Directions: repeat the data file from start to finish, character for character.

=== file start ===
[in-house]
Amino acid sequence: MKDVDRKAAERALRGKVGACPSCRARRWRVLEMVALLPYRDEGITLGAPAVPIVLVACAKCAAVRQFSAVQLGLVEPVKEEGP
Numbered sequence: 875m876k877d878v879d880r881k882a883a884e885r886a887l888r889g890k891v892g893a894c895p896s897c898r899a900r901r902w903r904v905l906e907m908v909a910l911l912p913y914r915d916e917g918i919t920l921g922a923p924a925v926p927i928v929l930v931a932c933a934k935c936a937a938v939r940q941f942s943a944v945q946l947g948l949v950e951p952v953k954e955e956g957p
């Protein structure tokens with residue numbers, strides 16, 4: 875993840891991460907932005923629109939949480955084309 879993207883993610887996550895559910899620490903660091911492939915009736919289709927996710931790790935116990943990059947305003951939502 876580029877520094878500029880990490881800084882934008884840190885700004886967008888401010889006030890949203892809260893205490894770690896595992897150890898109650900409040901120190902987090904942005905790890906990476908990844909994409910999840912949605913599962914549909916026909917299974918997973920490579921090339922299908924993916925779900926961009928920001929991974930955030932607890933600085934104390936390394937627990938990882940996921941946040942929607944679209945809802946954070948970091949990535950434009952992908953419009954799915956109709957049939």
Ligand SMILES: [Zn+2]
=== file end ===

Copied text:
[in-house]
Amino acid sequence: MKDVDRKAAERALRGKVGACPSCRARRWRVLEMVALLPYRDEGITLGAPAVPIVLVACAKCAAVRQFSAVQLGLVEPVKEEGP
Numbered sequence: 875m876k877d878v879d880r881k882a883a884e885r886a887l888r889g890k891v892g893a894c895p896s897c898r899a900r901r902w903r904v905l906e907m908v909a910l911l912p913y914r915d916e917g918i919t920l921g922a923p924a925v926p927i928v929l930v931a932c933a934k935c936a937a938v939r940q941f942s943a944v945q946l947g948l949v950e951p952v953k954e955e956g957p
């Protein structure tokens with residue numbers, strides 16, 4: 875993840891991460907932005923629109939949480955084309 879993207883993610887996550895559910899620490903660091911492939915009736919289709927996710931790790935116990943990059947305003951939502 876580029877520094878500029880990490881800084882934008884840190885700004886967008888401010889006030890949203892809260893205490894770690896595992897150890898109650900409040901120190902987090904942005905790890906990476908990844909994409910999840912949605913599962914549909916026909917299974918997973920490579921090339922299908924993916925779900926961009928920001929991974930955030932607890933600085934104390936390394937627990938990882940996921941946040942929607944679209945809802946954070948970091949990535950434009952992908953419009954799915956109709957049939």
Ligand SMILES: [Zn+2]